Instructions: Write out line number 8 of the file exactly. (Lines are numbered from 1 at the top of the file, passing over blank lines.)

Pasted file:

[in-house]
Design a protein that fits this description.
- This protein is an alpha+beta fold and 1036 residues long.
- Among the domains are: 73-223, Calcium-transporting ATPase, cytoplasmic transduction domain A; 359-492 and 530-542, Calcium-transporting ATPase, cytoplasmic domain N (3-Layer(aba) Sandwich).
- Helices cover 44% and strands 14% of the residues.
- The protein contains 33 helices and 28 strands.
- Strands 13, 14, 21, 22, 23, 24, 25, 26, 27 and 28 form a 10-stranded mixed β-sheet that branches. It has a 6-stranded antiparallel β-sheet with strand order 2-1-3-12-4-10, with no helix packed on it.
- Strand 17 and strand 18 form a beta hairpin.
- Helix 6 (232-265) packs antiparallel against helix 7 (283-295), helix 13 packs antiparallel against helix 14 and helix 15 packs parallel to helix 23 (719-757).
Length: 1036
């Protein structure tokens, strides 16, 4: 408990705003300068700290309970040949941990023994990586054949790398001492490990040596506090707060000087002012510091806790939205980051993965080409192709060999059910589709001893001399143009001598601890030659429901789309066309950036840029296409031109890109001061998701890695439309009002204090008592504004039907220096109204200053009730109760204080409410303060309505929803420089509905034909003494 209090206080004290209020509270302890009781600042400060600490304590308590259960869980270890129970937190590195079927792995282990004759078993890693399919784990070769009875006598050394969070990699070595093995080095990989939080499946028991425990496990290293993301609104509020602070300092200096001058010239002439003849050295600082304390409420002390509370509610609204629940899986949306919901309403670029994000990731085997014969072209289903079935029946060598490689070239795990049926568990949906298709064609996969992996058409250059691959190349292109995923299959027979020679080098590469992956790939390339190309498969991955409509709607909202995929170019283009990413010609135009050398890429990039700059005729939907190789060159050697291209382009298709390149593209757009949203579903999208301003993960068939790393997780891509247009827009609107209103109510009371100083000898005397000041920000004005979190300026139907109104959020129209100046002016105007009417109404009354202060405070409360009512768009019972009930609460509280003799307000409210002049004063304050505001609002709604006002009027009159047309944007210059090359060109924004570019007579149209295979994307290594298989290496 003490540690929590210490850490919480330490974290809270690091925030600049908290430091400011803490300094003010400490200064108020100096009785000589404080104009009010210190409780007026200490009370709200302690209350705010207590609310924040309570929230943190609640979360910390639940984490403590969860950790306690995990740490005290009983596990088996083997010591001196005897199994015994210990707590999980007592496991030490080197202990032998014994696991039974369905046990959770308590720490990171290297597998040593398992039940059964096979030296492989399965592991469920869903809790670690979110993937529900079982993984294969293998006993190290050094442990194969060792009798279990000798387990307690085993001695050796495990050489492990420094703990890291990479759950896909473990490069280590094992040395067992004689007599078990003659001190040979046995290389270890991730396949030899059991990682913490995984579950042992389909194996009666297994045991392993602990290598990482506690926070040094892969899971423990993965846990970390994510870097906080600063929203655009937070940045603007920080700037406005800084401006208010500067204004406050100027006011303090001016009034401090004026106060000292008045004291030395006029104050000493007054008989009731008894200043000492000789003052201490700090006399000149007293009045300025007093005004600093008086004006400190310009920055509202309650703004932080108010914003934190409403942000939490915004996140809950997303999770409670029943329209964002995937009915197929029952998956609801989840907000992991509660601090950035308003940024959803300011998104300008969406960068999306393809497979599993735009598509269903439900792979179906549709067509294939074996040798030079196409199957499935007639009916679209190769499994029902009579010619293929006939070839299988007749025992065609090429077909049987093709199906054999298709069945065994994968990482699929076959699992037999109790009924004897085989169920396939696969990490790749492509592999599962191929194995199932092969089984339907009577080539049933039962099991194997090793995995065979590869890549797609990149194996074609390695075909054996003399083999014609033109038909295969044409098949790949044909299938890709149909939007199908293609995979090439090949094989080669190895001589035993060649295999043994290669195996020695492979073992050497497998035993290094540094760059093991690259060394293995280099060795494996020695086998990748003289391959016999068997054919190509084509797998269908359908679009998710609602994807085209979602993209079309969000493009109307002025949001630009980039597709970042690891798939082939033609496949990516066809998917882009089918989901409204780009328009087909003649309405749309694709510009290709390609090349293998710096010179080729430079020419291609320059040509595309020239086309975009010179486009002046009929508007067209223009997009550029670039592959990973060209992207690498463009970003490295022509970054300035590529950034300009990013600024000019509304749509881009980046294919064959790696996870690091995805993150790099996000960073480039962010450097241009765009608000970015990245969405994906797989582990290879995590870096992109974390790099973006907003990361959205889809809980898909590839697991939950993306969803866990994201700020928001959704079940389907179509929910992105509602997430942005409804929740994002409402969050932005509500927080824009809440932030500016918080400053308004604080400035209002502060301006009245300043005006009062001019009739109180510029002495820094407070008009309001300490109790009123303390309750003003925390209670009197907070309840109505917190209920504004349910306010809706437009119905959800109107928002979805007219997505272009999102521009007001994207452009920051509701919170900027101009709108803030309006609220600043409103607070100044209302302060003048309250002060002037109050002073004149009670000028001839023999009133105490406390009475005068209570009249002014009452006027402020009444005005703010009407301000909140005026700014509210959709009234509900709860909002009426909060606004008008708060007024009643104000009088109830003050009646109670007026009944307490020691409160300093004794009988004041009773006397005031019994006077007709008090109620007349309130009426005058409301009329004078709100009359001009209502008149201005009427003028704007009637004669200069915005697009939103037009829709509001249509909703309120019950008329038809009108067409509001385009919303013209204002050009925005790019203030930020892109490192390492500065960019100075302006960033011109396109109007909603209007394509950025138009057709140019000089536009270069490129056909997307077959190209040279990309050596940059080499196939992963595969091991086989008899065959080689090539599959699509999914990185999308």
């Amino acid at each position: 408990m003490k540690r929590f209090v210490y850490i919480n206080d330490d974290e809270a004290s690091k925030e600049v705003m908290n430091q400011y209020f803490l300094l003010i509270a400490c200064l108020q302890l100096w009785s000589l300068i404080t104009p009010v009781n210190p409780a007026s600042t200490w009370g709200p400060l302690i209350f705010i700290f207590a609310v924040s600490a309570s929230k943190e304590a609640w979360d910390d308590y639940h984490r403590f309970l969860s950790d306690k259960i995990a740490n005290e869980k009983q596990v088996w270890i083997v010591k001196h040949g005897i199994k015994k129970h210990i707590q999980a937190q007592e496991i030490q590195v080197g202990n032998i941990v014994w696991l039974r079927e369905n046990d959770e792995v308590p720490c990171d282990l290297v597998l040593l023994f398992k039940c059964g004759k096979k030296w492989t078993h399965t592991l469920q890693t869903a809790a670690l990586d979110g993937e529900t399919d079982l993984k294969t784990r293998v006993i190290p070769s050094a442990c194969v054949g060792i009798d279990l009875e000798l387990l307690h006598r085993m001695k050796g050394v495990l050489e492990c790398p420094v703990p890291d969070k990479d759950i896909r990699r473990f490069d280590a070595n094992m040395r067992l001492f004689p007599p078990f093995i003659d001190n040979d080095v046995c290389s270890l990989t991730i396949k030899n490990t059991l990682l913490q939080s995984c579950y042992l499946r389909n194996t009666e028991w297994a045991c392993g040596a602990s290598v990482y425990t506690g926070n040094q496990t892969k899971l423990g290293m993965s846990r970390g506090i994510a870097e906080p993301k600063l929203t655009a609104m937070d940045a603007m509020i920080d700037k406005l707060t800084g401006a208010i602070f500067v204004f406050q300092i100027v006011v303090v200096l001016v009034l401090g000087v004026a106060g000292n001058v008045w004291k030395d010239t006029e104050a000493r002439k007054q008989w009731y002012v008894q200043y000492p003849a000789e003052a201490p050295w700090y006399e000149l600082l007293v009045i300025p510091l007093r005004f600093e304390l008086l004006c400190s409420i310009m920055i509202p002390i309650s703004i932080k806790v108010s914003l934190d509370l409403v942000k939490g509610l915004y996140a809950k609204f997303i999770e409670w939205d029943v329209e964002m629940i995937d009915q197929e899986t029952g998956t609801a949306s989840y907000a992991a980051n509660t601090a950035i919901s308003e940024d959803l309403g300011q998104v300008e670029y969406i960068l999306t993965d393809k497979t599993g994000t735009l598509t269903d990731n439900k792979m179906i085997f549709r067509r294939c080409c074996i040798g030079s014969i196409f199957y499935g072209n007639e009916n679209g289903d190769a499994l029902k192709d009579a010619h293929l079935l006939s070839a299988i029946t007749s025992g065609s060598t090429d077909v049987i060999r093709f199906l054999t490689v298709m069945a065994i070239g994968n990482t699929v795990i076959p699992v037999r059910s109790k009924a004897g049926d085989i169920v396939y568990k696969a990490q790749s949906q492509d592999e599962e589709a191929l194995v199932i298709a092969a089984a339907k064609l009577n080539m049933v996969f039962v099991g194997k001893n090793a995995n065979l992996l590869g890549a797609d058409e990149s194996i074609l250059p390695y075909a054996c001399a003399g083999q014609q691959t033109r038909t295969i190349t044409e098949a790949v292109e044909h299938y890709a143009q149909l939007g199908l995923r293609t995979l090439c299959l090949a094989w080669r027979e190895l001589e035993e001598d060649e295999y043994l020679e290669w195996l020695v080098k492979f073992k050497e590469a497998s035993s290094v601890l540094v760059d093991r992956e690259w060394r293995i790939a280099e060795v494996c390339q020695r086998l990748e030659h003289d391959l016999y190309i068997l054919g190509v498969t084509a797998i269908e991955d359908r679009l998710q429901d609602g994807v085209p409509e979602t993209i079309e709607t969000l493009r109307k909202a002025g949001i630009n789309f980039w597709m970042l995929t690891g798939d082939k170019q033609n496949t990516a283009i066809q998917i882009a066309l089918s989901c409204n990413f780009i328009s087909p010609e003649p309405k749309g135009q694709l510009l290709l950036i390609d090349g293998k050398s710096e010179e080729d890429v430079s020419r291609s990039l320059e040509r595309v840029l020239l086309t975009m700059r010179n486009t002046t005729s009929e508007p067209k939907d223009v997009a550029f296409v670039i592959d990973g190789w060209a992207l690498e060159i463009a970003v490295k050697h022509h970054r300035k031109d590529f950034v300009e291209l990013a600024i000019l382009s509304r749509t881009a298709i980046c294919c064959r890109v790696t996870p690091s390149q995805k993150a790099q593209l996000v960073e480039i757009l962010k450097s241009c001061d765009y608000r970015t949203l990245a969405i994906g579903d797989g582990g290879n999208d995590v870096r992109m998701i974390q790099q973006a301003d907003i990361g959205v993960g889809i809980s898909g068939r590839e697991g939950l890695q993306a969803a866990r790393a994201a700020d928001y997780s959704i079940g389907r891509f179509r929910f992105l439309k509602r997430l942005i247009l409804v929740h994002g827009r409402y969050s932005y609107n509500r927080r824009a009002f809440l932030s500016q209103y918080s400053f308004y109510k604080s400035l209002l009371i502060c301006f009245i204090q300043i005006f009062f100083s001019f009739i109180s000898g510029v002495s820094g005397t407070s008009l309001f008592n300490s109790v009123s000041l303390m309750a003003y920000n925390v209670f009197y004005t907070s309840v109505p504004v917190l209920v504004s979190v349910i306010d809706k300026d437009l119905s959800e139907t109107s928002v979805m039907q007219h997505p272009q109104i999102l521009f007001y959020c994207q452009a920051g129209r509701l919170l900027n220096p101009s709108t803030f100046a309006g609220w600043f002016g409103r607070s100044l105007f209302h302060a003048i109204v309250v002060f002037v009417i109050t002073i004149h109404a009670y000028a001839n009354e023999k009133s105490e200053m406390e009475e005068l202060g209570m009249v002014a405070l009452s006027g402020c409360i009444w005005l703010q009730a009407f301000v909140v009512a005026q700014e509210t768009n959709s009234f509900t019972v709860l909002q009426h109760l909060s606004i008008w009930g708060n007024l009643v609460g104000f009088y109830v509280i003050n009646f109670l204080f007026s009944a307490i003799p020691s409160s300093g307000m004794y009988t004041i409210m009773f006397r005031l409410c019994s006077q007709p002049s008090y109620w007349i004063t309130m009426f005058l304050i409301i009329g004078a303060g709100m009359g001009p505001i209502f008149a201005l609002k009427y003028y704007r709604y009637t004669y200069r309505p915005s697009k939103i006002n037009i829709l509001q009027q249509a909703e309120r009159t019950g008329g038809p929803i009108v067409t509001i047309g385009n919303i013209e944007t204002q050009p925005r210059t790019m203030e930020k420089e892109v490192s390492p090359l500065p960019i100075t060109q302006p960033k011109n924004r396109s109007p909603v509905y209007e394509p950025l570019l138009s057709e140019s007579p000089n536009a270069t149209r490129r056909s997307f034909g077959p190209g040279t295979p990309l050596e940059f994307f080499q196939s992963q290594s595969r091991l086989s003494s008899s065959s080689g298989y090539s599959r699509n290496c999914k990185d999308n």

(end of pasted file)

- Strand 17 and strand 18 form a beta hairpin.